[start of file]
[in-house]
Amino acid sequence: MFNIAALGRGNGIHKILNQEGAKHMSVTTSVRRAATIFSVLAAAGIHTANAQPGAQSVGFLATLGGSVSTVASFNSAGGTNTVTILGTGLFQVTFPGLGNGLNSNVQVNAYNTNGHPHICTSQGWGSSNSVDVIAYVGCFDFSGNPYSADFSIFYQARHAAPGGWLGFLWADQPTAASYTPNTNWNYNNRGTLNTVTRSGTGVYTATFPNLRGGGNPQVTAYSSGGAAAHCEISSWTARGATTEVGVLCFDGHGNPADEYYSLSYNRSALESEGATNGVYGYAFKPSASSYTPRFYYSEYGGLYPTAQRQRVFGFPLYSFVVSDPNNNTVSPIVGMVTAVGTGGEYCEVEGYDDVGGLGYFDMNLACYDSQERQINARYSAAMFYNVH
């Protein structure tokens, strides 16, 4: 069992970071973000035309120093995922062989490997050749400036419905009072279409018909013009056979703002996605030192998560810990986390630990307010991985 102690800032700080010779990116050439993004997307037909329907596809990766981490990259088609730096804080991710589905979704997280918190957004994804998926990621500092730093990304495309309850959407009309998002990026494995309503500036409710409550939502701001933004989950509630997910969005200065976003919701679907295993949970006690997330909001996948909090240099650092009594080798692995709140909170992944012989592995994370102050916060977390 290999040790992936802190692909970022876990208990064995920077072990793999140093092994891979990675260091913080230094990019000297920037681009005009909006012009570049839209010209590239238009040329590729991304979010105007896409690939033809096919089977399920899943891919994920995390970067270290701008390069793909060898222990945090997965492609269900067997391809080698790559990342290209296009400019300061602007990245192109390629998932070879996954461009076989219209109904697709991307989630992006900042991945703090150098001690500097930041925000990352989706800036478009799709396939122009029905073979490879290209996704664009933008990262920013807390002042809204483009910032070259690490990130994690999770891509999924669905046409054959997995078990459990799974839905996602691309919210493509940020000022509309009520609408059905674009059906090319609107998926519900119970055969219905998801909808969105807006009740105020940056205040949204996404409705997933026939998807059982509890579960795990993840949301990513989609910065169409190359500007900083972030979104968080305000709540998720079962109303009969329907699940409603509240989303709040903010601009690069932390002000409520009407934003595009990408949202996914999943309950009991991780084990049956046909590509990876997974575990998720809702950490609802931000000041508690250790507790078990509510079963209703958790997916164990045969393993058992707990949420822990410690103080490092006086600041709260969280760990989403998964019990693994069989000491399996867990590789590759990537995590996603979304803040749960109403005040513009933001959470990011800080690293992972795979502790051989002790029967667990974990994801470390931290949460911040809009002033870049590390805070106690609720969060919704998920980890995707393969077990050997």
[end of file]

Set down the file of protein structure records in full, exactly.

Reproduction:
[in-house]
Amino acid sequence: MFNIAALGRGNGIHKILNQEGAKHMSVTTSVRRAATIFSVLAAAGIHTANAQPGAQSVGFLATLGGSVSTVASFNSAGGTNTVTILGTGLFQVTFPGLGNGLNSNVQVNAYNTNGHPHICTSQGWGSSNSVDVIAYVGCFDFSGNPYSADFSIFYQARHAAPGGWLGFLWADQPTAASYTPNTNWNYNNRGTLNTVTRSGTGVYTATFPNLRGGGNPQVTAYSSGGAAAHCEISSWTARGATTEVGVLCFDGHGNPADEYYSLSYNRSALESEGATNGVYGYAFKPSASSYTPRFYYSEYGGLYPTAQRQRVFGFPLYSFVVSDPNNNTVSPIVGMVTAVGTGGEYCEVEGYDDVGGLGYFDMNLACYDSQERQINARYSAAMFYNVH
């Protein structure tokens, strides 16, 4: 069992970071973000035309120093995922062989490997050749400036419905009072279409018909013009056979703002996605030192998560810990986390630990307010991985 102690800032700080010779990116050439993004997307037909329907596809990766981490990259088609730096804080991710589905979704997280918190957004994804998926990621500092730093990304495309309850959407009309998002990026494995309503500036409710409550939502701001933004989950509630997910969005200065976003919701679907295993949970006690997330909001996948909090240099650092009594080798692995709140909170992944012989592995994370102050916060977390 290999040790992936802190692909970022876990208990064995920077072990793999140093092994891979990675260091913080230094990019000297920037681009005009909006012009570049839209010209590239238009040329590729991304979010105007896409690939033809096919089977399920899943891919994920995390970067270290701008390069793909060898222990945090997965492609269900067997391809080698790559990342290209296009400019300061602007990245192109390629998932070879996954461009076989219209109904697709991307989630992006900042991945703090150098001690500097930041925000990352989706800036478009799709396939122009029905073979490879290209996704664009933008990262920013807390002042809204483009910032070259690490990130994690999770891509999924669905046409054959997995078990459990799974839905996602691309919210493509940020000022509309009520609408059905674009059906090319609107998926519900119970055969219905998801909808969105807006009740105020940056205040949204996404409705997933026939998807059982509890579960795990993840949301990513989609910065169409190359500007900083972030979104968080305000709540998720079962109303009969329907699940409603509240989303709040903010601009690069932390002000409520009407934003595009990408949202996914999943309950009991991780084990049956046909590509990876997974575990998720809702950490609802931000000041508690250790507790078990509510079963209703958790997916164990045969393993058992707990949420822990410690103080490092006086600041709260969280760990989403998964019990693994069989000491399996867990590789590759990537995590996603979304803040749960109403005040513009933001959470990011800080690293992972795979502790051989002790029967667990974990994801470390931290949460911040809009002033870049590390805070106690609720969060919704998920980890995707393969077990050997």